|Harper Should Begin Season in Minors||| Print |||Send|
Written by Jim Mancari (Contact & Archive) on March 17, 2012
At just 19 years old, Washington Nationals super prospect Bryce Harper has a long and prosperous baseball career ahead of him. But there's one word that we will constantly hear associated with Harper: patience.
The debate whether or not to have Harper start in right field for the Nationals this season has been a hot topic. Jayson Werth is currently the Nats' starting right fielder, but he would shift to center if Harper were to make the ball club out of spring training.
At MLB's annual B.A.T. Dinner in late January in New York City, Nationals manager Davey Johnson corrected a reporter who asked him how excited he was to have Harper on his ball club.
"Harper hasn't quite made my club," Johnson said. "But he'll be given every opportunity to try."
Realistically, you have to look at the big picture here. Harper is, once again, just 19 years old and hasn't played a game above Class AA. Even in the games he has played there, he experienced his growing pains.
The Nationals are expected to be a significantly improved team in 2012. A healthy Stephen Strasburg will be joined by former Oakland A's stud pitcher Gio Gonzalez atop the Nats rotation. A young core of Ryan Zimmerman, Ian Desmond, Danny Espinosa and Wilson Ramos should pair nicely with veterans Michael Morse, Adam LaRoche and Werth.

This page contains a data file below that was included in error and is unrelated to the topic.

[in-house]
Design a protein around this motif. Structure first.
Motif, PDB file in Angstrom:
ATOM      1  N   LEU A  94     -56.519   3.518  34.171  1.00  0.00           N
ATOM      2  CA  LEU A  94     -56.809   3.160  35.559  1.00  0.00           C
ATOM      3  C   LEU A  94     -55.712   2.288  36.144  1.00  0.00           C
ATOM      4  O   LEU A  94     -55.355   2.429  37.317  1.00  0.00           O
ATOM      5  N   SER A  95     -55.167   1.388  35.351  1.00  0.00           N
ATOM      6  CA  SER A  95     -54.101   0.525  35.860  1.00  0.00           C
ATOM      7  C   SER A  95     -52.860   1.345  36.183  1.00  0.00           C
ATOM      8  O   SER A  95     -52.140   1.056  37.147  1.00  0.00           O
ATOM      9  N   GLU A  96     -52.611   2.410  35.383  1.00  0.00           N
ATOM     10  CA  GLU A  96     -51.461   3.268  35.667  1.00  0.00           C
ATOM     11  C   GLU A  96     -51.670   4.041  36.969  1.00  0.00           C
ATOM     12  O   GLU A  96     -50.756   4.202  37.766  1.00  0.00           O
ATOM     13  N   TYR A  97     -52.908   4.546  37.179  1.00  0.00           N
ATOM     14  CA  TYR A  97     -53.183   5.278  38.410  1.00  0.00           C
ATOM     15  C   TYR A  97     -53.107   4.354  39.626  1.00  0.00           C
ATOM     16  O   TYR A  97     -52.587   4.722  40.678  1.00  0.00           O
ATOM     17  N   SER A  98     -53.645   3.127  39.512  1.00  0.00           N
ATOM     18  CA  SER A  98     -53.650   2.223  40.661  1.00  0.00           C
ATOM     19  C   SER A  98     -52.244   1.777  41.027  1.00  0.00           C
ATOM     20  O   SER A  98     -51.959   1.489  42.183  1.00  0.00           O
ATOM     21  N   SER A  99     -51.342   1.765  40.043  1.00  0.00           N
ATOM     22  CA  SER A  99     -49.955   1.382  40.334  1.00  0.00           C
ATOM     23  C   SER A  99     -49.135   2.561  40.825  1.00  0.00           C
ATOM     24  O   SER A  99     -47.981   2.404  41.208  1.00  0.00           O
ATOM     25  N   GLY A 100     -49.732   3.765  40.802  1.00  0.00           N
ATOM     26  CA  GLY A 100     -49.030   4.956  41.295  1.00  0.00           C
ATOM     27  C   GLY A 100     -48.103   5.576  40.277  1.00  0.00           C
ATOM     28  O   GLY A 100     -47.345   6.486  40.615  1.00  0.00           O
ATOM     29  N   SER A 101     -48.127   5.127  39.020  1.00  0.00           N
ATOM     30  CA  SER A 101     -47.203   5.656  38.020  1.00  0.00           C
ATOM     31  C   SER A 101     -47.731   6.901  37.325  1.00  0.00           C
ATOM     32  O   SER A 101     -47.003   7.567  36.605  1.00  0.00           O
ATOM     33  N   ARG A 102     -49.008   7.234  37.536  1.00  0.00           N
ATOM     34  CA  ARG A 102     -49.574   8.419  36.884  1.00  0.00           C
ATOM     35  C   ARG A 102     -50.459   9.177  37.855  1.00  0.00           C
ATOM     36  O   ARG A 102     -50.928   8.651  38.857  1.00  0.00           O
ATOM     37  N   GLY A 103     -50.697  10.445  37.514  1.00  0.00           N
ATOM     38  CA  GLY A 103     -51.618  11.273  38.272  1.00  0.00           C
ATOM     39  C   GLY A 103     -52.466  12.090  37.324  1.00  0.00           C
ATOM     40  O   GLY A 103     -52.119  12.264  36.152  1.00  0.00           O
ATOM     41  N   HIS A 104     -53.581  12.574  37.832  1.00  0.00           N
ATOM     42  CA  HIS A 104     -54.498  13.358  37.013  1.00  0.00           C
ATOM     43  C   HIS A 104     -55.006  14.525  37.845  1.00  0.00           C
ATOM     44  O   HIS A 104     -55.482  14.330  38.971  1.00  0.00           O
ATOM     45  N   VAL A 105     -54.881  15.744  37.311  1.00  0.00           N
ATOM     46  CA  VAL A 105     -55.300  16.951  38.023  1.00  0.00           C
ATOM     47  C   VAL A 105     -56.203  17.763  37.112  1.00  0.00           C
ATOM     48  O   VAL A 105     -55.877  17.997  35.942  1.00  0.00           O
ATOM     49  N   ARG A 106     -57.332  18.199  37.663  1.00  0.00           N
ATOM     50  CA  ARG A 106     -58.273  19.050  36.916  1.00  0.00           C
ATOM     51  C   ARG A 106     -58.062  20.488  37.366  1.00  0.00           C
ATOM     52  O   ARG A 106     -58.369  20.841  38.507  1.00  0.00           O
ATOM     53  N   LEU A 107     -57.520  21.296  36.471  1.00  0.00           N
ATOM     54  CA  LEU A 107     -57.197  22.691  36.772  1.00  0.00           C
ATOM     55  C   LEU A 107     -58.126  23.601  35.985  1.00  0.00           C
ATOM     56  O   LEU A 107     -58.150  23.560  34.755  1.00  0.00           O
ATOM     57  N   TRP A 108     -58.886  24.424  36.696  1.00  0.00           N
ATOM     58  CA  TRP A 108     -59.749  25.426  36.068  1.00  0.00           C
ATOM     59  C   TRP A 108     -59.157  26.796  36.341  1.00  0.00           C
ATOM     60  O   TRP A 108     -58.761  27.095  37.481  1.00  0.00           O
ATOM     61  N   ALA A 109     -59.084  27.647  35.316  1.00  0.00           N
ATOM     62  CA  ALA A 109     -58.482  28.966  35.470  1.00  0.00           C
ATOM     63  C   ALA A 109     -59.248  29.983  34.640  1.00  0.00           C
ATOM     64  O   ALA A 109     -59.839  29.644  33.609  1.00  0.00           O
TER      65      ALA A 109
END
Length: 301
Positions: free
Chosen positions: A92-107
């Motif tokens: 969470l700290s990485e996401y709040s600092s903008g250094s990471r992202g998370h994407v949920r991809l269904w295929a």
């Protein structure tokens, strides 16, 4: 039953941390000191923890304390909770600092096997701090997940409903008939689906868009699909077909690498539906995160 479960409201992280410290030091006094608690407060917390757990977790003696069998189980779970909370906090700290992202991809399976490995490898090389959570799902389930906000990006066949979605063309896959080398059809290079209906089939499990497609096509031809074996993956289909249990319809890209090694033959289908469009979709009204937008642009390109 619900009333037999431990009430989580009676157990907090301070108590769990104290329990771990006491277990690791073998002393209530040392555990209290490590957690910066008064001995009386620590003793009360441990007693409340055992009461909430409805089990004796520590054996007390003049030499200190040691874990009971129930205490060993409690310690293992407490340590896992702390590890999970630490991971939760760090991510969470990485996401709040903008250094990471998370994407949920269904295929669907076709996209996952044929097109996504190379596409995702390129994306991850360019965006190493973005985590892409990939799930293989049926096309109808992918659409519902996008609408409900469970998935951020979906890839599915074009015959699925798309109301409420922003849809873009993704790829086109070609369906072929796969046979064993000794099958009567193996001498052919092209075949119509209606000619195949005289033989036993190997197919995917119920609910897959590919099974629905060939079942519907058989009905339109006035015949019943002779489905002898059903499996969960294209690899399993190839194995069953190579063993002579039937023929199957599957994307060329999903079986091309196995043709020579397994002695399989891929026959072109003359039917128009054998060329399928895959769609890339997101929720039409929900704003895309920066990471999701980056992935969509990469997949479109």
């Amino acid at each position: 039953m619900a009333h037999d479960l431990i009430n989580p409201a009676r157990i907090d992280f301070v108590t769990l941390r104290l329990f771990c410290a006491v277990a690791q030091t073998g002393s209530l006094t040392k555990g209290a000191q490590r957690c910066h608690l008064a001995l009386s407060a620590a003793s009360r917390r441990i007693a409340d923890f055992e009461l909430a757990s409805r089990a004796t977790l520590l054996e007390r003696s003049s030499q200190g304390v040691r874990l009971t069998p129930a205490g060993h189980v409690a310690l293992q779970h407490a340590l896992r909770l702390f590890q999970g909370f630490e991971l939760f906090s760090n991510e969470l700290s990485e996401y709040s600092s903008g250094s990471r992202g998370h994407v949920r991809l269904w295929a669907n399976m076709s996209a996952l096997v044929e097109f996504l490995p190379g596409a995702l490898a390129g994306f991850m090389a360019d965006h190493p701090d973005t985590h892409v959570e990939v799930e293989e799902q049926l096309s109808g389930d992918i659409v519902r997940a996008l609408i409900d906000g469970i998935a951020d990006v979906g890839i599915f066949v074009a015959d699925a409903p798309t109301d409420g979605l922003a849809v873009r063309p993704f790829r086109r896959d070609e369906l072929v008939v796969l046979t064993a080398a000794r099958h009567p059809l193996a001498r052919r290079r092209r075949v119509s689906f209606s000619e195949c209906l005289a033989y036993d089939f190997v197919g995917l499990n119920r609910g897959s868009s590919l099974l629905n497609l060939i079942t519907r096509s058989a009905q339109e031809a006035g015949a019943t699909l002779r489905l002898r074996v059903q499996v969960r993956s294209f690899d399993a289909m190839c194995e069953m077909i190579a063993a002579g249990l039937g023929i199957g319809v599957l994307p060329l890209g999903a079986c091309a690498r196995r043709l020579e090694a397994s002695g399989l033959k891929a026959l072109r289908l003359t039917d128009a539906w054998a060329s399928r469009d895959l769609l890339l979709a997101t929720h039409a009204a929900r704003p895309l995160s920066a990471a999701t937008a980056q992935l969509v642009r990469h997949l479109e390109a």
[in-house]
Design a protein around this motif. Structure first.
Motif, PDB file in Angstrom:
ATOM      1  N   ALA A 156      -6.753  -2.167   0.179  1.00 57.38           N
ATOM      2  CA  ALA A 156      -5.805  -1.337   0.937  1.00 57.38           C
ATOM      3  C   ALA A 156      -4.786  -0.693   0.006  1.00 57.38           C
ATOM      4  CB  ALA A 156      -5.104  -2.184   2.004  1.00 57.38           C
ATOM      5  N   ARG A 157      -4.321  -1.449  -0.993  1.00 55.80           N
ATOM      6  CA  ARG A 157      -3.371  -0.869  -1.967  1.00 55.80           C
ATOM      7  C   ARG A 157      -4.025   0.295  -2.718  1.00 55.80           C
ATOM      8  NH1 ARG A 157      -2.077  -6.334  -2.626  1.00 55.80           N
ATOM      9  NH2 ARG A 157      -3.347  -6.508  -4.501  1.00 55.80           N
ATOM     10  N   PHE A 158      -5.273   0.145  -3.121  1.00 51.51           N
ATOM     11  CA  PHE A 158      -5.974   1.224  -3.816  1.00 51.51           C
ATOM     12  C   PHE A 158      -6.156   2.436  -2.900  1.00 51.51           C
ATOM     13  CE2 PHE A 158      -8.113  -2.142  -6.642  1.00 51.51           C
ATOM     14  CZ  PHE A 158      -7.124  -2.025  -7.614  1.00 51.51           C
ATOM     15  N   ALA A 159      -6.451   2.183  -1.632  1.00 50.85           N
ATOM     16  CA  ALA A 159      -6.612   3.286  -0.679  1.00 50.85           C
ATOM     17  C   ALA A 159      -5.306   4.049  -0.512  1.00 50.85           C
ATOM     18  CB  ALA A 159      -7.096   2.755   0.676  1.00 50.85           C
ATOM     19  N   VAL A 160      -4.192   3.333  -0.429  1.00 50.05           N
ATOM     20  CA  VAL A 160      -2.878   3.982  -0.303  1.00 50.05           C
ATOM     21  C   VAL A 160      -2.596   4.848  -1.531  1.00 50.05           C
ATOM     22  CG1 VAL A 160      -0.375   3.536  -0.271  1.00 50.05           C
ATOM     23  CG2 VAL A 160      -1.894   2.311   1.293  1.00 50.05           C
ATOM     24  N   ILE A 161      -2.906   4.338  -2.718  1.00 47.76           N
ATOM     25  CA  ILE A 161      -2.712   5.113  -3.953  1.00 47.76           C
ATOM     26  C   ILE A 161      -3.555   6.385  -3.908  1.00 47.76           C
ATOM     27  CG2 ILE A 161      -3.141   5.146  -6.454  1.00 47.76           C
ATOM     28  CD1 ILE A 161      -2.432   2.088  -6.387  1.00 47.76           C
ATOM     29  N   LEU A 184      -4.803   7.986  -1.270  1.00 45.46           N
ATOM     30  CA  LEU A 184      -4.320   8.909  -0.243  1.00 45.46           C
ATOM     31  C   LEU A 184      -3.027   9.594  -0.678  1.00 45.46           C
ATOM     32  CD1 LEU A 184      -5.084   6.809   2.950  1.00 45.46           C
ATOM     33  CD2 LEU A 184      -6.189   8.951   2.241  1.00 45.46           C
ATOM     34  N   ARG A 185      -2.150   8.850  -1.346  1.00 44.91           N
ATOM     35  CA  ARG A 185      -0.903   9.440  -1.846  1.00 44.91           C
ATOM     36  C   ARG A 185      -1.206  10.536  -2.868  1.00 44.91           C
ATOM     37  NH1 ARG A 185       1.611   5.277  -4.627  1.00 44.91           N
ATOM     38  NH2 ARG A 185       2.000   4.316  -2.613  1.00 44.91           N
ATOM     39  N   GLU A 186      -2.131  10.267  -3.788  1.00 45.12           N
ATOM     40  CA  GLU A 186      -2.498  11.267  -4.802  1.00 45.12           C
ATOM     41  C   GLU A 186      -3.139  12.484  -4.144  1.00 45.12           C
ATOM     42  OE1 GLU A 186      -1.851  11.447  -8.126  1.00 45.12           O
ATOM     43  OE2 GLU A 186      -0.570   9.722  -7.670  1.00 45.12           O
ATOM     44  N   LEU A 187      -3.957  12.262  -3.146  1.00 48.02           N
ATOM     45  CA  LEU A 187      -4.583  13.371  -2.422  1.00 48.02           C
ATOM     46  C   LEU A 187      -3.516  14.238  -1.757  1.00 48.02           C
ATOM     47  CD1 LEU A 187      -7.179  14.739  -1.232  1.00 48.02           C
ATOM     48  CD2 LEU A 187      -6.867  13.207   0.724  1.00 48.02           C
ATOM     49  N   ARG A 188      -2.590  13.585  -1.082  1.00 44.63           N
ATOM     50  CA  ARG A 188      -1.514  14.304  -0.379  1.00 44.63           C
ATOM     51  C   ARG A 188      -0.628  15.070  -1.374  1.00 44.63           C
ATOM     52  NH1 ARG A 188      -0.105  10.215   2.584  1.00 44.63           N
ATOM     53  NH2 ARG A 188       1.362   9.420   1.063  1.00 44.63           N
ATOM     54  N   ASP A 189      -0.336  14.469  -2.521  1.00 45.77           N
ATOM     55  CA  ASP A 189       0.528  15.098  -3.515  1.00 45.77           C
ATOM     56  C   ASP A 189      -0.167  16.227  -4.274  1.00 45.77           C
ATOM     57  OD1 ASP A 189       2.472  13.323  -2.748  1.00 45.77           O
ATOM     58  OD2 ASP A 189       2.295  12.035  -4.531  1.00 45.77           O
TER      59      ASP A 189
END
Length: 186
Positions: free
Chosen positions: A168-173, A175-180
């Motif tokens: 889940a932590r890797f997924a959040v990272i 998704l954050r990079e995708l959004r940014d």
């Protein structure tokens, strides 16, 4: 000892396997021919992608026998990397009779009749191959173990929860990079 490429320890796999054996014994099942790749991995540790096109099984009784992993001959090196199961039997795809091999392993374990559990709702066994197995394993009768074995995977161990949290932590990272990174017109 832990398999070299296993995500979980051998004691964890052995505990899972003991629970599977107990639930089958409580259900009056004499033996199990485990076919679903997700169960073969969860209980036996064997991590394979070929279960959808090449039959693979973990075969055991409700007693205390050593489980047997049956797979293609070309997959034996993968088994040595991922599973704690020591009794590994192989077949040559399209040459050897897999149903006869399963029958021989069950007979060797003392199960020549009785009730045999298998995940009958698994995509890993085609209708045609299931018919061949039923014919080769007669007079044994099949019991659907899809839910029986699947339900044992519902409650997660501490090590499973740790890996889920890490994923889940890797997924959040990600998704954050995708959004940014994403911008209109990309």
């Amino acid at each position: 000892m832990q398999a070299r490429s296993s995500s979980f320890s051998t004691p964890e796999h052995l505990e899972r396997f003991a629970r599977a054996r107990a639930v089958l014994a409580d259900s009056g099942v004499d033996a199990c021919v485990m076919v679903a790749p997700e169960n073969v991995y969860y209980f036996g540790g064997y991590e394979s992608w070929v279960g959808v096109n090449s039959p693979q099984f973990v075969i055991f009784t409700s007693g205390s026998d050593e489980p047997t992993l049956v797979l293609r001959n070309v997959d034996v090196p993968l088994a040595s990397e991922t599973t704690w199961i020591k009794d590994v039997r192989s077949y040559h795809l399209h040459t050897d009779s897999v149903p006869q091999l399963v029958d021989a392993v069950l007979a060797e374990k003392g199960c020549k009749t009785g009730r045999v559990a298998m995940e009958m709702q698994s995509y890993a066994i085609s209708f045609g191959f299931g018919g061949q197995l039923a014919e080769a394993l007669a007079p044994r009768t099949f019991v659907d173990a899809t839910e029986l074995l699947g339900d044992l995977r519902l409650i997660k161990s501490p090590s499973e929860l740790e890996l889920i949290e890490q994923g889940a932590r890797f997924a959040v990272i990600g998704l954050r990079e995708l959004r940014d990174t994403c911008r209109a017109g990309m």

Since the expectations are high for this team, putting the pressure on a 19-year-old kid to produce in the middle of the order may not be in the best interests of the franchise. The team is more likely to keep Werth in right field for now and have Roger Bernadina and Rick Ankiel split time in center. In that way, Harper can get some more seasoning before being thrust into Major League action.
But that being said, the Nats will likely monitor Harper's progress extremely closely. If he's tearing up the minor leagues in either Class AA or Class AAA, we might see Harper get the call to the bigs around midseason.
If the Nats falter early, that may be another factor that brings Harper to the majors. He can be a spark of energy that could revive a season.
No matter where Harper opens the season, he needs to be playing every single day. The only way to get better in baseball is to be involved in every situation the game presents. There's no point in the Nats carrying him on their Opening Day roster if he's going to sit on the bench and watch.
So right now, the best bet is for Harper to show he can produce in Class AAA. The call to the bigs may come at an unexpected time, so Harper needs to always be ready.
Once again, patience will be key for the young, talented outfielder.